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Cyprus can seek concessions from Turkey, says British diplomat
2005-06-08 10:28:49

Nicosia, Jun 8 (CNA) -- A Cyprus solution can be achieved if the island's two communities really want it, see it and work hard to get it, British High Commissioner here Lyn Parker has said, adding that in such a case other parties involved will have to have this happen.

Declaring himself a realist, Parker called on the Greek Cypriot and Turkish Cypriot sides as well as Turkey to show a clear sense of commitment, purpose and urgency towards a settlement and advocated ''more dialogue'' on the island as a crucial building block for achieving a successful settlement negotiation.

Responding to questions at a meeting of Rotary clubs in Nicosia, he said the EU had taken a clear decision to begin accession talks with Turkey on 3 October this year, which he said would last a minimum of ten years.

Asked if he believed Turkey had any incentive now to settle Cyprus, following the French and the Dutch negative vote on the EU Constitution, Parker acknowledged that the Union was faced with a very big problem which the heads of government will have to tackle.

''A separate dimension to this relates to Cyprus. It is entirely legitimate for Cyprus to extract some concessions from Turkey,'' he said, with regard to possible fallout on Turkey's accession course in relation to efforts for a negotiated settlement.

He called on Nicosia to remain firmly committed to Ankara's accession course ''whatever bilateral problems'' are there.

Cyprus, whose northern part is occupied by Turkey, gave its consent along with its European partners to the start of accession negotiations between the EU and Ankara. The EU asked Turkey to sign a protocol adapting the Ankara Agreement to include all ten new members of the Union, including Cyprus which Turkey does not recognise. So far Turkey has not signed the customs union protocol, even though it said it would.

''Turkey's accession to the EU is the ultimate guarantee for a settlement,'' Parker said, adding that it is blatantly obvious that it is in the interests of Cyprus for Turkey to have a stable accession course.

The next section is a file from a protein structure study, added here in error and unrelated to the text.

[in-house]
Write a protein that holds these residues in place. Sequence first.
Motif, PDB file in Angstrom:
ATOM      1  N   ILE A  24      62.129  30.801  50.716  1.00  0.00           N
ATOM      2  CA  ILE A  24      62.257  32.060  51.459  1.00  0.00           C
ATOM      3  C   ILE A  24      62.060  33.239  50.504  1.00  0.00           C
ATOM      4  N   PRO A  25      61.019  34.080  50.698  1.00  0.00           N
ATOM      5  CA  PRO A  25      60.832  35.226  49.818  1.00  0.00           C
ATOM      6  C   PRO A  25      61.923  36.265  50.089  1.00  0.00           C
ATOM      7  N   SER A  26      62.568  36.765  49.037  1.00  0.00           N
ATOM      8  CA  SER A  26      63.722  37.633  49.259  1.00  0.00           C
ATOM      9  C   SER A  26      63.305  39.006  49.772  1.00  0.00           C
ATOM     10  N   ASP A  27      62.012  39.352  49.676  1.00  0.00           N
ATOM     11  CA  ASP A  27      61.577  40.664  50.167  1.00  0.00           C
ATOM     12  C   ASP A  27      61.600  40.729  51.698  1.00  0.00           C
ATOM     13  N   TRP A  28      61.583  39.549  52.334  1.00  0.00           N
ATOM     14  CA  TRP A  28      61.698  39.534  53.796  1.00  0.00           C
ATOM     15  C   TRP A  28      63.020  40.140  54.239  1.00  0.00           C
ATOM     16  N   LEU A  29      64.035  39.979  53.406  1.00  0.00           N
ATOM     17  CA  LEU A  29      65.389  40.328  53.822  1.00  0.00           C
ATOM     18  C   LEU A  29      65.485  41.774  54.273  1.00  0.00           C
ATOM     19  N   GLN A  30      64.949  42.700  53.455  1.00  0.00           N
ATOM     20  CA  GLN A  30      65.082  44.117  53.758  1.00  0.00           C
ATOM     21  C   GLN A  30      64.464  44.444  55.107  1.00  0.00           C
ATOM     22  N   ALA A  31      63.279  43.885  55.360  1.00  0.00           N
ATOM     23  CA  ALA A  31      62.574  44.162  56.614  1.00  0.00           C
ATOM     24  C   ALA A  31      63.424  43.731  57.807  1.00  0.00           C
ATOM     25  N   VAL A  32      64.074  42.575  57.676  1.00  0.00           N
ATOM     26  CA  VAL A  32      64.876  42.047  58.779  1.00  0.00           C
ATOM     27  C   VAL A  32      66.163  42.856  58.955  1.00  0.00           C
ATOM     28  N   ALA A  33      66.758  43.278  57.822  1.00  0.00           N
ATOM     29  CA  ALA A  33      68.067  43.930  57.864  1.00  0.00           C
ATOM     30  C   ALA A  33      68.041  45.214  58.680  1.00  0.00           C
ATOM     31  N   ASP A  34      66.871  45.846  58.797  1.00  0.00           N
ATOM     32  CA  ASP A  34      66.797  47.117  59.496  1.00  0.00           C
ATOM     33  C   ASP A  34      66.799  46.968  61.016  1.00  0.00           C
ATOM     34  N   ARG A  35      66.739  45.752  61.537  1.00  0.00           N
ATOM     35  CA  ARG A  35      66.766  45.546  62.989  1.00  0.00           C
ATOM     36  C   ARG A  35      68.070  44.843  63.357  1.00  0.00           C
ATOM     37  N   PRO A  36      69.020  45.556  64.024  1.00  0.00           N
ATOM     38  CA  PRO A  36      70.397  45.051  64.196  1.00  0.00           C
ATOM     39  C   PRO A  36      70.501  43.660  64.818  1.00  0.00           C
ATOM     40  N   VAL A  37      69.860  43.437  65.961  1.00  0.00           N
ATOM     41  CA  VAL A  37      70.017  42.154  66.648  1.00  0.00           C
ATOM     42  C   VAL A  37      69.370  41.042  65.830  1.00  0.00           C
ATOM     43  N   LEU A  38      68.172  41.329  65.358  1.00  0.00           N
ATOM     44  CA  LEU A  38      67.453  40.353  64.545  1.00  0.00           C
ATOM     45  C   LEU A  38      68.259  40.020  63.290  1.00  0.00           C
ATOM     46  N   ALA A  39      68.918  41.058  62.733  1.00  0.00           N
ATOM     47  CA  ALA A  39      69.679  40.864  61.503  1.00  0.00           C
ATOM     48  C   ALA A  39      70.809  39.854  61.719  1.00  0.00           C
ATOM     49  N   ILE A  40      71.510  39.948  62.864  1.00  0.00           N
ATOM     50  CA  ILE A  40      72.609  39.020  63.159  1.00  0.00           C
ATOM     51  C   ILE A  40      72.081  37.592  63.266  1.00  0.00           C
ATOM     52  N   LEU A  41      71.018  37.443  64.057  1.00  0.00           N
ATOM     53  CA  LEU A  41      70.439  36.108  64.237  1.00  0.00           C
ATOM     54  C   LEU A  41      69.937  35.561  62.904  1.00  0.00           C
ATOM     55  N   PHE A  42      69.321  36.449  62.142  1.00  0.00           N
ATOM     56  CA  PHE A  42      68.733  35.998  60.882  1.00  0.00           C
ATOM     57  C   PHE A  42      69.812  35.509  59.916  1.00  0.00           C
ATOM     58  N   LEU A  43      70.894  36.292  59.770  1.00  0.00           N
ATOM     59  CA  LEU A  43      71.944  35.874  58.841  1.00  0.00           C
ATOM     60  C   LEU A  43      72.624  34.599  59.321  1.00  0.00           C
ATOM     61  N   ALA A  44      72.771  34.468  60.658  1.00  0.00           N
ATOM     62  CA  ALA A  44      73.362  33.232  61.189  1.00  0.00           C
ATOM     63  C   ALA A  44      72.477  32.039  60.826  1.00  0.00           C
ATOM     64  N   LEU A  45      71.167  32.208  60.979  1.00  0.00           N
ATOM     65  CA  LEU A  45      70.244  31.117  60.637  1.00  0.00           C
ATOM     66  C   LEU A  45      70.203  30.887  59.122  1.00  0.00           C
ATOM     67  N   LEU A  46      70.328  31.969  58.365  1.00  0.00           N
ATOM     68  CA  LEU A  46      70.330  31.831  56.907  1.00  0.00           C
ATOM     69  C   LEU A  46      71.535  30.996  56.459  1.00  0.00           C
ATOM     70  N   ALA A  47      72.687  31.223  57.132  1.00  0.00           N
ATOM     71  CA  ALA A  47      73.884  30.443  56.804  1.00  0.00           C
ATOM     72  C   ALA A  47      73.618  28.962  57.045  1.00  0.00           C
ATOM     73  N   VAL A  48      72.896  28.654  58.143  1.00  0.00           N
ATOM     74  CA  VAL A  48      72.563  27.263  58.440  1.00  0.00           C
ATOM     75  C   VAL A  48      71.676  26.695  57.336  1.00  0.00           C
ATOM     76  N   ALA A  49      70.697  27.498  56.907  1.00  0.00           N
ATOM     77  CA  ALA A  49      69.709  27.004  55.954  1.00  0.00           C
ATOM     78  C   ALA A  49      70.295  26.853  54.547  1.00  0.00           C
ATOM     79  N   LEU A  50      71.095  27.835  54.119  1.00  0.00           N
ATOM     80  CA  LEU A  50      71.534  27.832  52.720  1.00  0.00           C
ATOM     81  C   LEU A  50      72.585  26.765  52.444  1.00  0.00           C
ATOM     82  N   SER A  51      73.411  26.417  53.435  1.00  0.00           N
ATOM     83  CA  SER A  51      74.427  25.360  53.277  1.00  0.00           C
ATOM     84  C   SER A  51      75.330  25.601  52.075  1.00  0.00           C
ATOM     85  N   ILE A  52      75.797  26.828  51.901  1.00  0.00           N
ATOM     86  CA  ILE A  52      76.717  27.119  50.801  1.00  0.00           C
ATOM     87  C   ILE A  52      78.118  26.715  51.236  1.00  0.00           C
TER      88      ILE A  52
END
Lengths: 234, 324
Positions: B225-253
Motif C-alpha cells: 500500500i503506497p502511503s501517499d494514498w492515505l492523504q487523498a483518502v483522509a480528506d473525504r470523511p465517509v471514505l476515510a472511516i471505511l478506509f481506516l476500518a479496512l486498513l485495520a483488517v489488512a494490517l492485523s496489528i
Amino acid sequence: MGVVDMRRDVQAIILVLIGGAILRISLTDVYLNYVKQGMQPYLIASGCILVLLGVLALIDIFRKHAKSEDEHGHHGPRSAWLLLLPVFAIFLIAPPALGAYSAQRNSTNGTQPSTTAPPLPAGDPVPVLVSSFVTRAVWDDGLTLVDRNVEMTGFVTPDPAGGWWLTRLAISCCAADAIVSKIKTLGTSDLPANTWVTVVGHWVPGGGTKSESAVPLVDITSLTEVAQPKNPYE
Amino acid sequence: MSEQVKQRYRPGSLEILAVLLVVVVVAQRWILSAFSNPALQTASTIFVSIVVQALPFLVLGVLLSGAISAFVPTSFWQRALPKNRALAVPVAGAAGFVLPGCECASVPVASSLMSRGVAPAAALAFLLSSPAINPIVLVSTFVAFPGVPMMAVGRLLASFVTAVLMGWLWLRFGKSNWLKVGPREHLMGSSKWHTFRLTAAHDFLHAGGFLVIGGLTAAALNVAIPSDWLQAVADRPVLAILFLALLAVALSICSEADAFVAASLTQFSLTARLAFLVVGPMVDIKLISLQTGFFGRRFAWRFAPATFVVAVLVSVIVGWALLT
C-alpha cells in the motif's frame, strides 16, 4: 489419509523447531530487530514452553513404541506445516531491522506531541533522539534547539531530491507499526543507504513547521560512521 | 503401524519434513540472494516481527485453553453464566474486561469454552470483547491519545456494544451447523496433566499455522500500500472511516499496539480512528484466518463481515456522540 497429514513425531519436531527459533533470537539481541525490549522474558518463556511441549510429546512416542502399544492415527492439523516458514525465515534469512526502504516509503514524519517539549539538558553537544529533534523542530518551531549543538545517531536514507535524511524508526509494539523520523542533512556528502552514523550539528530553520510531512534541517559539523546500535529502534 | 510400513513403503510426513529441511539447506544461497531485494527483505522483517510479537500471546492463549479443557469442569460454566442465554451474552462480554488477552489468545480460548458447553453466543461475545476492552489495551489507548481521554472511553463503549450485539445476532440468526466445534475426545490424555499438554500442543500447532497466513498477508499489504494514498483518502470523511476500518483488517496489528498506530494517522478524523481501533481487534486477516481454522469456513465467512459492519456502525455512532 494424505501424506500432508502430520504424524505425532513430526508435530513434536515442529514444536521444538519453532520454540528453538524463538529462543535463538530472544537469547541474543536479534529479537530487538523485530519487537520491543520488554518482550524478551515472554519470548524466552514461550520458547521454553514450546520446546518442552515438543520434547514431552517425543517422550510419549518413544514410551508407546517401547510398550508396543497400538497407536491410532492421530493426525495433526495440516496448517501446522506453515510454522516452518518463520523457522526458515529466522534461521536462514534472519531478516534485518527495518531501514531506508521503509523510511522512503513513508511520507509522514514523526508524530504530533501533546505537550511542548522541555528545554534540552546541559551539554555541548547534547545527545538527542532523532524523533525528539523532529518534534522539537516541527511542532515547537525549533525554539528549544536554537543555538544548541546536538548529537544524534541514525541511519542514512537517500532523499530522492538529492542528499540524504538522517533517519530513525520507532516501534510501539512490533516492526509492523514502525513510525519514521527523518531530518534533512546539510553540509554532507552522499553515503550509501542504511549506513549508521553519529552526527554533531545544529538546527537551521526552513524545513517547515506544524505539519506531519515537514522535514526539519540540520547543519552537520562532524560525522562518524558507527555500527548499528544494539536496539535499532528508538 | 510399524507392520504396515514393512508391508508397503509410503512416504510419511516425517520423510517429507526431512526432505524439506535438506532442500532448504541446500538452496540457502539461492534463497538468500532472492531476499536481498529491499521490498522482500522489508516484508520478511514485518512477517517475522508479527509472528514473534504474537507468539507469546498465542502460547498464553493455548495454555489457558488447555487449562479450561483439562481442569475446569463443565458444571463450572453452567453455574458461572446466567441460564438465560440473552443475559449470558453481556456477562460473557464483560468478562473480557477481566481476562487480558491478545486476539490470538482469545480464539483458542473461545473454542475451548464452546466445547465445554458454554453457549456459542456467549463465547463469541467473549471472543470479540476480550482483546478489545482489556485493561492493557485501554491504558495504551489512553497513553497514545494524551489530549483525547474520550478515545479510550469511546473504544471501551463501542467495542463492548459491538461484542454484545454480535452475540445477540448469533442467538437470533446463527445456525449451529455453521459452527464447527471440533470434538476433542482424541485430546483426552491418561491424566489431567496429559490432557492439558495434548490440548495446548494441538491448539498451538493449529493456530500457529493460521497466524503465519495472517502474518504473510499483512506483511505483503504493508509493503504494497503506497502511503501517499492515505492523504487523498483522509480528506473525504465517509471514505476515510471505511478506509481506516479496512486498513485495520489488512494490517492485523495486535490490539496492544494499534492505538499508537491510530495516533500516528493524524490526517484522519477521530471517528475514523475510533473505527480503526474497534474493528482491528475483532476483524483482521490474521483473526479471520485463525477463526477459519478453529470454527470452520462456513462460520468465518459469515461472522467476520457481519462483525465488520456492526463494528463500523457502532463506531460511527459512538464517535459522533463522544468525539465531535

On London's position on a political settlement he had this to say: ''Britain believes that a successful political settlement can only realistically be achieved through the good offices mission of the UN Secretary General.''

He said there would have to be ''substantial adjustments'' to a UN solution plan, rejected by the Greek Cypriots but approved by the Turkish Cypriots in separate referenda, if a satisfactory agreement is to be reached.

On the role of the EU, he said if talks resume, all EU governments would want to give the process all possible support as a facilitator in areas which relate to the EU acquis and pointed out that the critical decisions on a settlement rested with the parties themselves.

''The EU is not a negotiating forum on the core issues,'' he added.

He said complex issues like property can only be resolved through a negotiated settlement, ''not through a series of piecemeal court cases.''

Parker expressed concern that in the past few months there has been a ''sharp deterioration in the psychological climate on both sides'', after last year's failed attempt by the UN to reach a negotiated settlement.

The High Commissioner said it was important to keep a sensible balance between the Turkey factor and the Turkish Cypriot community, which has to be on board if a settlement is to be achieved.

On the forthcoming British presidency of the EU, he said it will have to deal with difficult dossiers such as future financing and the EU Constitution and stressed that the role of any EU presidency is not to promote its own national policies but to find practical and realistic solutions in the interests of all member states.

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